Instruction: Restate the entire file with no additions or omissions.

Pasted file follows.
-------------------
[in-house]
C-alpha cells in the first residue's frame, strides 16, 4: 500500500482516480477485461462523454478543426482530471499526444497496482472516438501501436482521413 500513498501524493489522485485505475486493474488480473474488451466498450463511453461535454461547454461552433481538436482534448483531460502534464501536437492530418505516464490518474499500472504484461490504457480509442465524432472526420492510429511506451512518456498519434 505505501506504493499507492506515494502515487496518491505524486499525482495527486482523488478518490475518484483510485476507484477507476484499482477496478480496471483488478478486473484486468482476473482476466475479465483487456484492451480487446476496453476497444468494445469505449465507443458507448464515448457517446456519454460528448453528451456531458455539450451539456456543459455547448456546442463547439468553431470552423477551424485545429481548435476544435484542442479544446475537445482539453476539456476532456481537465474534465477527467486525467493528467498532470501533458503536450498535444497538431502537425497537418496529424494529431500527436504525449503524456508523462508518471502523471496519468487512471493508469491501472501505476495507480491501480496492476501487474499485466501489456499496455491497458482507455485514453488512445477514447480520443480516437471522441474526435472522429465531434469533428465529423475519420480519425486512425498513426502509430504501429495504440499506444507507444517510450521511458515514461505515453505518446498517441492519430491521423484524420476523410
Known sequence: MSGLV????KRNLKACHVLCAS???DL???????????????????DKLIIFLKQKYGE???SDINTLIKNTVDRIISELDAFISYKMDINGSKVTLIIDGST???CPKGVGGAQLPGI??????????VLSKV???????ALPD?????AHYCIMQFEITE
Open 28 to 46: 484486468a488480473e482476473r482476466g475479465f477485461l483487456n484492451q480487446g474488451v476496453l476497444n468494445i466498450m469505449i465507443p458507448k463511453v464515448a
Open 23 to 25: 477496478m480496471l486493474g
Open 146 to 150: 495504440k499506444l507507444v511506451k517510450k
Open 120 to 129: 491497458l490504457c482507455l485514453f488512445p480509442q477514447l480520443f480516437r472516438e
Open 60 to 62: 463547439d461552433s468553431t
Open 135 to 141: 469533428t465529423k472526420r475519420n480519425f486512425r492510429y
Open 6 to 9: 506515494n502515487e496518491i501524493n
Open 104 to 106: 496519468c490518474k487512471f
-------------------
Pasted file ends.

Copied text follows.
[in-house]
C-alpha cells in the first residue's frame, strides 16, 4: 500500500482516480477485461462523454478543426482530471499526444497496482472516438501501436482521413 500513498501524493489522485485505475486493474488480473474488451466498450463511453461535454461547454461552433481538436482534448483531460502534464501536437492530418505516464490518474499500472504484461490504457480509442465524432472526420492510429511506451512518456498519434 505505501506504493499507492506515494502515487496518491505524486499525482495527486482523488478518490475518484483510485476507484477507476484499482477496478480496471483488478478486473484486468482476473482476466475479465483487456484492451480487446476496453476497444468494445469505449465507443458507448464515448457517446456519454460528448453528451456531458455539450451539456456543459455547448456546442463547439468553431470552423477551424485545429481548435476544435484542442479544446475537445482539453476539456476532456481537465474534465477527467486525467493528467498532470501533458503536450498535444497538431502537425497537418496529424494529431500527436504525449503524456508523462508518471502523471496519468487512471493508469491501472501505476495507480491501480496492476501487474499485466501489456499496455491497458482507455485514453488512445477514447480520443480516437471522441474526435472522429465531434469533428465529423475519420480519425486512425498513426502509430504501429495504440499506444507507444517510450521511458515514461505515453505518446498517441492519430491521423484524420476523410
Known sequence: MSGLV????KRNLKACHVLCAS???DL???????????????????DKLIIFLKQKYGE???SDINTLIKNTVDRIISELDAFISYKMDINGSKVTLIIDGST???CPKGVGGAQLPGI??????????VLSKV???????ALPD?????AHYCIMQFEITE
Open 28 to 46: 484486468a488480473e482476473r482476466g475479465f477485461l483487456n484492451q480487446g474488451v476496453l476497444n468494445i466498450m469505449i465507443p458507448k463511453v464515448a
Open 23 to 25: 477496478m480496471l486493474g
Open 146 to 150: 495504440k499506444l507507444v511506451k517510450k
Open 120 to 129: 491497458l490504457c482507455l485514453f488512445p480509442q477514447l480520443f480516437r472516438e
Open 60 to 62: 463547439d461552433s468553431t
Open 135 to 141: 469533428t465529423k472526420r475519420n480519425f486512425r492510429y
Open 6 to 9: 506515494n502515487e496518491i501524493n
Open 104 to 106: 496519468c490518474k487512471f